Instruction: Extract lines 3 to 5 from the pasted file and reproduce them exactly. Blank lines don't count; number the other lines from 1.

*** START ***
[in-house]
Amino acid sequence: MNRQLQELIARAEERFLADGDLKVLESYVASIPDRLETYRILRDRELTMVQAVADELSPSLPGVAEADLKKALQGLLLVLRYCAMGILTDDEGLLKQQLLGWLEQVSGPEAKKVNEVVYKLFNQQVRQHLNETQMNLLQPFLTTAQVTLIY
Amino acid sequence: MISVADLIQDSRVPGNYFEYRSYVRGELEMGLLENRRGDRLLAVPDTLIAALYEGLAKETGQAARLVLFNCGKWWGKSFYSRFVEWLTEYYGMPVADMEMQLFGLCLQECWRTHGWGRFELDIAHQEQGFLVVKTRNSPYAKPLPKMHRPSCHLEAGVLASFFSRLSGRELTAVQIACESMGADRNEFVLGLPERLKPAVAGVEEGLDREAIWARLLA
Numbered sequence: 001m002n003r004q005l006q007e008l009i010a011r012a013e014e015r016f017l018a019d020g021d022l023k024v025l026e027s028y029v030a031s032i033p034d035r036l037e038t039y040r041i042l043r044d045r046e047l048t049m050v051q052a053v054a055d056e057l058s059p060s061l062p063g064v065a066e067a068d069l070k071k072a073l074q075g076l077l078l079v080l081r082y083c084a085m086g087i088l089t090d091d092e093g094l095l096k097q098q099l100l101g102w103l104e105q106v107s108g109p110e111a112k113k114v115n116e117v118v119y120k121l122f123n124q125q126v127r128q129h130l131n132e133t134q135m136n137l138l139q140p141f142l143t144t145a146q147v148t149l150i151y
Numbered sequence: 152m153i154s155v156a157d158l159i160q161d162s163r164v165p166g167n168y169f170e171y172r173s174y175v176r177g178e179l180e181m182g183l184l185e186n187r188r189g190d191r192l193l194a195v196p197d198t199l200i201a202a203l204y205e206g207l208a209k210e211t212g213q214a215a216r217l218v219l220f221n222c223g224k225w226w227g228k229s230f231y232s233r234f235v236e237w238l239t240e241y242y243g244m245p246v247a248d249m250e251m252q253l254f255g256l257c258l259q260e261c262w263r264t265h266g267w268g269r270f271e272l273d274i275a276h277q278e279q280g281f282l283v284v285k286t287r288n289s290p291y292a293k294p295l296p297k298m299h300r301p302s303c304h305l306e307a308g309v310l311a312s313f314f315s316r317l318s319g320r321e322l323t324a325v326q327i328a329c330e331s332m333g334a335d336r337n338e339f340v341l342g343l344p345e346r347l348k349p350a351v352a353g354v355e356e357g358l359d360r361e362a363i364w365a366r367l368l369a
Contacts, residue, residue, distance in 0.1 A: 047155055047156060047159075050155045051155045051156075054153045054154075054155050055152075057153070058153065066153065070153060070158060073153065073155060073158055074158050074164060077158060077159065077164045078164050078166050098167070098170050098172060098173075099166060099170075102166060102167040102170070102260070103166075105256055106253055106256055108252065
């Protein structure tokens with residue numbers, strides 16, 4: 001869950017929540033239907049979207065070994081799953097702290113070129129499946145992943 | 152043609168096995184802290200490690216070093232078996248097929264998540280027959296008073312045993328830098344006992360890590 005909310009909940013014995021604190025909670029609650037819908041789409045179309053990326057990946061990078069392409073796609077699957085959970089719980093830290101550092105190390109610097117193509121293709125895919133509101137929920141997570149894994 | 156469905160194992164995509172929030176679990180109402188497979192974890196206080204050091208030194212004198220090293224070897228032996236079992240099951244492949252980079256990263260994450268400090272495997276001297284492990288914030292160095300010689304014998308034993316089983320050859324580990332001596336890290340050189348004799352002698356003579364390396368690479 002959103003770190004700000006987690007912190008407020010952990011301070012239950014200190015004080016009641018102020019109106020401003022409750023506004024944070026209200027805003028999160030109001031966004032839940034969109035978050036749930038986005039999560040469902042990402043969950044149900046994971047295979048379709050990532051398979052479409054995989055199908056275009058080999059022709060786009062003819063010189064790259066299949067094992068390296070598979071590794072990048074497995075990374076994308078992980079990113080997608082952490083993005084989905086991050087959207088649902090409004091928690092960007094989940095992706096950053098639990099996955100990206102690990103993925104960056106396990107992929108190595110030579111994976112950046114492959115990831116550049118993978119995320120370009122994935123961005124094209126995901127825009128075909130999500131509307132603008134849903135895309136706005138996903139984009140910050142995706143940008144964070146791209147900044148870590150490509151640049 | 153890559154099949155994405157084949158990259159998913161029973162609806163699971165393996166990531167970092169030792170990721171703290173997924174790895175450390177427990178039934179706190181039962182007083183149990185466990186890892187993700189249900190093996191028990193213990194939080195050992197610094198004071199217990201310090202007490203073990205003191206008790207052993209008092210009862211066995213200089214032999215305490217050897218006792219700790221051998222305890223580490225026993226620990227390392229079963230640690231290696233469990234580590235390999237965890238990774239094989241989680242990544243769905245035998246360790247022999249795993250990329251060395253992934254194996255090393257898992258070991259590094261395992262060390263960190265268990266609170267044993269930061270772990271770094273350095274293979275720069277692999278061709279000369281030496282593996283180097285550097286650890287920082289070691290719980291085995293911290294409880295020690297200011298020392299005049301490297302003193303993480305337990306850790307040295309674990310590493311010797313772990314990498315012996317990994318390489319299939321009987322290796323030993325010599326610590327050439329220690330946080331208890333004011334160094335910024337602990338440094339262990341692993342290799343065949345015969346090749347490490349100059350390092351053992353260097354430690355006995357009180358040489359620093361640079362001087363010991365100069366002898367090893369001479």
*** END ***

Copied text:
Amino acid sequence: MISVADLIQDSRVPGNYFEYRSYVRGELEMGLLENRRGDRLLAVPDTLIAALYEGLAKETGQAARLVLFNCGKWWGKSFYSRFVEWLTEYYGMPVADMEMQLFGLCLQECWRTHGWGRFELDIAHQEQGFLVVKTRNSPYAKPLPKMHRPSCHLEAGVLASFFSRLSGRELTAVQIACESMGADRNEFVLGLPERLKPAVAGVEEGLDREAIWARLLA
Numbered sequence: 001m002n003r004q005l006q007e008l009i010a011r012a013e014e015r016f017l018a019d020g021d022l023k024v025l026e027s028y029v030a031s032i033p034d035r036l037e038t039y040r041i042l043r044d045r046e047l048t049m050v051q052a053v054a055d056e057l058s059p060s061l062p063g064v065a066e067a068d069l070k071k072a073l074q075g076l077l078l079v080l081r082y083c084a085m086g087i088l089t090d091d092e093g094l095l096k097q098q099l100l101g102w103l104e105q106v107s108g109p110e111a112k113k114v115n116e117v118v119y120k121l122f123n124q125q126v127r128q129h130l131n132e133t134q135m136n137l138l139q140p141f142l143t144t145a146q147v148t149l150i151y
Numbered sequence: 152m153i154s155v156a157d158l159i160q161d162s163r164v165p166g167n168y169f170e171y172r173s174y175v176r177g178e179l180e181m182g183l184l185e186n187r188r189g190d191r192l193l194a195v196p197d198t199l200i201a202a203l204y205e206g207l208a209k210e211t212g213q214a215a216r217l218v219l220f221n222c223g224k225w226w227g228k229s230f231y232s233r234f235v236e237w238l239t240e241y242y243g244m245p246v247a248d249m250e251m252q253l254f255g256l257c258l259q260e261c262w263r264t265h266g267w268g269r270f271e272l273d274i275a276h277q278e279q280g281f282l283v284v285k286t287r288n289s290p291y292a293k294p295l296p297k298m299h300r301p302s303c304h305l306e307a308g309v310l311a312s313f314f315s316r317l318s319g320r321e322l323t324a325v326q327i328a329c330e331s332m333g334a335d336r337n338e339f340v341l342g343l344p345e346r347l348k349p350a351v352a353g354v355e356e357g358l359d360r361e362a363i364w365a366r367l368l369a